But Ted was craving a slice of something else.
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Hey there's micro. This is the way I heard it's. The only podcast for the curious mind with a short attention span: hey if you already picked up my book the way I heard it. Please accept my heartfelt thanks. I am grateful and if you liked it I'd, be grateful, again. If you took a second to review it over at Amazon by Publishers as the reviews are really important, and I'm trying to impress my publisher, if you haven't picked up a copy, you can find one at micro, dot, com, slash book. The book itself is a combination of stories from this podcast interrupted by a series of story
from my own misspent youth and dubious career in the world of nonfiction television, eight brag, but it is New York Times best seller and my mom says it's. The feel good hit the holiday season had an about that, but we do have a few autographed copies left at micro, dot, com, slash book and I'm told they would make ideal Christmas presents hashtag just say and pick up a copy. It micro, dotcom, slash book stuff me in somebody stocking I'd, be grateful if the Wired TED stands perfectly still in the Louisiana Woods and looks for signs of prey. He loves the hunt, but today you'd rather be home. The heat is stifling. The rifle feels heavy in his hands and there's no sign of game. So tat
now's his mind to wander and soon he's thinking about the waitress back in Dallas, the one he met five years ago, the one who got away they met at the lunch counter at Marcos. Tat had been a postal worker back then and stopped in one afternoon for quick bite. The waitress hadn't Honest she'd been busy writing. Something must be mighty. Important said tat to make such a pretty face, scrunch up like that, the waitress jumped at the sound of his voice, Sorry, MR I was someplace else. What can a gay? She was a tiny little thing, not even five feet. Tall or blonde hair was on combed and her eyes were wide and very blue. I'd, like a b l, tee, said TED,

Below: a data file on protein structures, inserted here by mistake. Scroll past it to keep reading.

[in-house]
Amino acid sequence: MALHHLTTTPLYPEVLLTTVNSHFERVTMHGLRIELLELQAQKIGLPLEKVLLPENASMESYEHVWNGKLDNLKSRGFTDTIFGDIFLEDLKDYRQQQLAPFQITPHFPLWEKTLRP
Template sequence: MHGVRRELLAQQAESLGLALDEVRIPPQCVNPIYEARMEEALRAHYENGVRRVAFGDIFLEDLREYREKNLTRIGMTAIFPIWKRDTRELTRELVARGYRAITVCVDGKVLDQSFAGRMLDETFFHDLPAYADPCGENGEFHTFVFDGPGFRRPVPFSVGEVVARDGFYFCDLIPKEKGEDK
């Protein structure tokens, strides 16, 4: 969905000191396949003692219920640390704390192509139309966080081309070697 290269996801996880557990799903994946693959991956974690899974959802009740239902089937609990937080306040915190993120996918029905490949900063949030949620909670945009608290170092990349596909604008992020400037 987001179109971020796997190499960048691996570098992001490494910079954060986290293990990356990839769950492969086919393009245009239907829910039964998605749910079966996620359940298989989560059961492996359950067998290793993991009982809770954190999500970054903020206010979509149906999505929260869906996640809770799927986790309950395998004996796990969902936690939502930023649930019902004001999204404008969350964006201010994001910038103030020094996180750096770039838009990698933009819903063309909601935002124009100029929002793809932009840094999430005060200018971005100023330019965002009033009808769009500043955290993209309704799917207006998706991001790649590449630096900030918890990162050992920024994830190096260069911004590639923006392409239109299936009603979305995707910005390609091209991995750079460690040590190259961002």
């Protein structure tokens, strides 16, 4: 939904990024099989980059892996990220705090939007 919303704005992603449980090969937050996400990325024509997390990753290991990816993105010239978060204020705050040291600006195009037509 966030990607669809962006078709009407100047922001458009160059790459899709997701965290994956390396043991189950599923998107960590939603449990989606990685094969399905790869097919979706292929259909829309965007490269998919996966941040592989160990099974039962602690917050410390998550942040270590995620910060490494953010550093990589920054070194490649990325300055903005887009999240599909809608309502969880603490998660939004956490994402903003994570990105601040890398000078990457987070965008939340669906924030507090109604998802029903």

CUP of coffee, you got it, you said, but save room for dessert. The cherry pies to die for it thanks at TED I'll, do that the waitress wrote up his water, passed it back to the cook and went back to her papers. What are you working on TED asked nothing. She said it's just a poem. What's it about as TED the waitress considered, the postal worker had a warm smile and a trustworthy face. It's about a nice boy who falls in love with the wrong. Earl, maybe you'd like to read it to me, said TED. So the waitress did you dont want to marry me honey, though, to hear you ask me is sweet if you did you'd regret it tomorrow, for I'm only a girl of the street, Time was when I gladly have listened before. I was tainted with shame, but it wouldn't be fair to you, honey men, laughed when they mention my name back there on the farm in the brain
I might have said yes to you, then, when I thought the world was a playground teeming with Santa Claus. Men but I left the old home for the city to play and it's a mad dirty world, never knowing how little of pity it holds for a slip of a girl, the waitress stop reading. That's all I got you said what do you think well said: TED, I'm hoping for a happy ending the waitress offered a sad smile. Aren't we all mister? Aren't we all five years later said, here's a sound that yanks him back to the hunt.
Something is approaching in the distance something large TED clicks off the safety of his rifle and wait to see what might appear in the clearing. He understands the stakes. He understands the danger, but his thoughts are still with the waitress. He recalls their second meeting. She was still behind the counter at Marco's when he walked in still writing her pretty face still scrunched up and concentration. You are right, said dead cherry pie was to die for once again the waitress jumped at the sound of his voice. You gotta quit snake turn up on me. Mister TED. Laugh, I'm sorry about that. I thought you saw me come in the waitress port and some coffee house, the poem coming he asked chipping away at it. She said the waitress picked up where she left off. She went quietly so the other customers couldn't hear her lips very close to TED's ear.